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Node.js interface to Netlink, a Linux-specific socket protocol. Many management kernel APIs (firewall, network, etc.) are accessed through Netlink; as well as listening for related notifications from the kernel, but it also serves as a generic IPC mechanism.

It also implements the Generic Netlink protocol.

Note: This is early stage; API compatibility is not maintained. If you are going to use this, pin to a specific version.

💡 Examples  •  📚 API reference

System APIs

In addition to plain Netlink and Generic Netlink, the following APIs are implemented:

  • rtnetlink: manages network configuration (routes, addresses, links, neighbors, traffic control, etc.)

  • nl80211: 802.11 aka wifi interface (used by iw, hostapd, wpa_supplicant, etc.)

  • wg: WireGuard tunnels

The point is to wrap these interfaces in a 'high-level' way, complete with TypeScript typings. However some fields will be set to Buffer (i.e. unparsed) because its type is not yet known. You can help by improving the type definitions, see Design below.

Warning: Despite writing 'high-level' above, this is a direct exposure of low-level userspace APIs. You need to know what you're doing in many cases, how the API works (independently of the language you use it from), etc.


There's prebuilds for x86, x64, arm32v7 and arm64v8, so you don't need anything in those cases.

For other archs, you only need a compiler:

sudo apt install build-essential

Then, install this module:

npm install netlink

Netlink APIs are backwards-compatible, but the running kernel may have an older version of the APIs implemented. Thus, not all attributes, fields and commands listed in the typings are necessarily supported. For input, unknown attributes will be collected at the __unparsed field. For output, attempting to use unimplemented features will generally result in EINVAL.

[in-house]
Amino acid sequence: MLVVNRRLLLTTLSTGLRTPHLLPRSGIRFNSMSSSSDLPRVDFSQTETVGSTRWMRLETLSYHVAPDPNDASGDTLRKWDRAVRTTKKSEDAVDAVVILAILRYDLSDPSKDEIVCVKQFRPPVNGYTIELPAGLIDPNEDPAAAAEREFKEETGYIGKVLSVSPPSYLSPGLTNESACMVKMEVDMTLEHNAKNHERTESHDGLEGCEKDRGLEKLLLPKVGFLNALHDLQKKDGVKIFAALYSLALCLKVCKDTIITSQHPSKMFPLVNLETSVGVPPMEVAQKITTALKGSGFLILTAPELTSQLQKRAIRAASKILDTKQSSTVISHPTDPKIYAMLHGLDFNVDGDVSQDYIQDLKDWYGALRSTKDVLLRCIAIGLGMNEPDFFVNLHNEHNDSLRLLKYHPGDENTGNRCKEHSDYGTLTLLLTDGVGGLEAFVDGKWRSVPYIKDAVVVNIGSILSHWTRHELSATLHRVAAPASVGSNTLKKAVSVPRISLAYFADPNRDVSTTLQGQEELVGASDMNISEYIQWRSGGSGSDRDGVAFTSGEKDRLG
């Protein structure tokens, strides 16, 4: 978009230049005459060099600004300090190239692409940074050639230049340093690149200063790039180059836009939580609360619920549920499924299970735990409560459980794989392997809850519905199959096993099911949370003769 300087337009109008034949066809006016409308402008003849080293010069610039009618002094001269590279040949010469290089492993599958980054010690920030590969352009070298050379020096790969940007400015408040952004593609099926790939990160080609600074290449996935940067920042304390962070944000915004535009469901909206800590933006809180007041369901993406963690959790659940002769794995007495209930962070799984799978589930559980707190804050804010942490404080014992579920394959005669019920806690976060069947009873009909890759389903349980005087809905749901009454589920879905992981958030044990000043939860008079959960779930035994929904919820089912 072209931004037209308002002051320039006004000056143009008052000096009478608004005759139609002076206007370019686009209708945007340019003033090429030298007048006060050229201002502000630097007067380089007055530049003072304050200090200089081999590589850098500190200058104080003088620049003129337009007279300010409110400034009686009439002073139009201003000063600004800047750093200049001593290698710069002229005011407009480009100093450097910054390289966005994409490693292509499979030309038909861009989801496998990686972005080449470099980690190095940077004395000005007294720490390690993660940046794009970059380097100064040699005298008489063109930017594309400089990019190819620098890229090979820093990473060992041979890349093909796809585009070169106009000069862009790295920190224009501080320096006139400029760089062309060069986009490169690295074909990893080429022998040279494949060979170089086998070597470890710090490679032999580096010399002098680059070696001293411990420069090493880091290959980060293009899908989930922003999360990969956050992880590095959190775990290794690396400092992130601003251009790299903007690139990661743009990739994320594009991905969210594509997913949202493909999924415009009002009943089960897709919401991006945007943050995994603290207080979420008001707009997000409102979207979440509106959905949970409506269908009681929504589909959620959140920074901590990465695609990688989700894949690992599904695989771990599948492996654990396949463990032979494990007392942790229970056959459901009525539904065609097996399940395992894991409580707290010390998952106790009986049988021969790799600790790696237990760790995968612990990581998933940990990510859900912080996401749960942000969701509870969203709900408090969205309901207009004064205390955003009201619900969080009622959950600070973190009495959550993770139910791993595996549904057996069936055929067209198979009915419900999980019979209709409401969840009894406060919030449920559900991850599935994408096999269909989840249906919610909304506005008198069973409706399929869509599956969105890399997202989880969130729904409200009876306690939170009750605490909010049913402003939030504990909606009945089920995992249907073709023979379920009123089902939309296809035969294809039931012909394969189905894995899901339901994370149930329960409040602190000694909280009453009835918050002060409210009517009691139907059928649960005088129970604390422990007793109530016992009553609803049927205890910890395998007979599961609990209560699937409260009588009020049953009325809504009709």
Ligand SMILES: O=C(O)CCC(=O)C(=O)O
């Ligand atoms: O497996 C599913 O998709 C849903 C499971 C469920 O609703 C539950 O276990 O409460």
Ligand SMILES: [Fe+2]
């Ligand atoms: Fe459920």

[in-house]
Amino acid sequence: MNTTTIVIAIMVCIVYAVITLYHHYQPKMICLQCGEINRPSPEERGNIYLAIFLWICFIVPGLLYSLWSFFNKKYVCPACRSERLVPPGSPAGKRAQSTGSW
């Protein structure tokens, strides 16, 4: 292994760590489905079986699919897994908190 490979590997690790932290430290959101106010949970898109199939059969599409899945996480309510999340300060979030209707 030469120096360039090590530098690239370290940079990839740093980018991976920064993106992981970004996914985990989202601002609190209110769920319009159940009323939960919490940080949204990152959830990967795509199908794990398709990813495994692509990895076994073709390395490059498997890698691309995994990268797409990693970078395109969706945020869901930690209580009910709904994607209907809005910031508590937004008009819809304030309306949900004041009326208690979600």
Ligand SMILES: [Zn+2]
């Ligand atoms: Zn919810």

Sending messages over a Netlink socket

const { createNetlink, Protocol } = require('netlink')
const socket = createNetlink(Protocol.ROUTE)

socket.on('message', (msg, rinfo) => {
  console.log(`Received message from ${rinfo.port}:`, msg)

// Send a Netlink message over the socket, to port 1
const data = Buffer.from('...')
socket.send(type, data, { flags: ..., port: 1 })

// Send message with REQUEST and ACK flags set, wait for a reply
const data = Buffer.from('...')
socket.request(type, data, { timeout: 1000 })
    .then(([ reply, rinfo ]) => {
        console.log('Received a reply:', reply)
    }, error => {
        console.error('Request failed:', error)

Managing network configuration (rtnetlink)

const { rt, ifla, createRtNetlink } = require('netlink')
const socket = createRtNetlink()

// List addresses
const addrs = await socket.getAddresses()
console.log('Addresses:', addrs)

// List routes
const routes = await socket.getRoutes()
console.log('Routes:', routes)

// Set eth0 up
const links = await socket.getLinks()
const eth0 = links.filter(x => x.attrs.ifname === 'eth0')[0]
await socket.setLink({
  index: eth0.index,
  change: { up: true },
  flags: { up: true },

Subscribing to multicast groups (rtnetlink)

const { createRtNetlink } = require('netlink')

// ref: true causes this socket to keep the event loop alive
const socket = createRtNetlink({ ref: true })


socket.on('message', message => {
  for (const part of message) {
    if (part.kind === 'address') {
      const { data, attrs } = part
      const ifaceDesc = `${data.index} (${attrs.label})`
      // we're only subscribed to IPv4, no need to check ``
      const addressDesc = `${attrs.address.join('.')}/${data.prefixlen}`
      console.log(`change in address ${addressDesc} of interface ${ifaceDesc}:`, part)

Managing 802.11 (aka wifi) interfaces

const { nl80211: iw, createNl80211 } = require('netlink')

// Prepare a socket (a promise is returned)
const socket = await createNl80211()

// List interfaces
const ifaces = await socket.getInterfaces()
for (const iface of ifaces.values())
  console.log(`Found inferface ${iface.ifindex}: ${iface.ifname} type ${iface.iftype}`)

// Operate on the first interface we find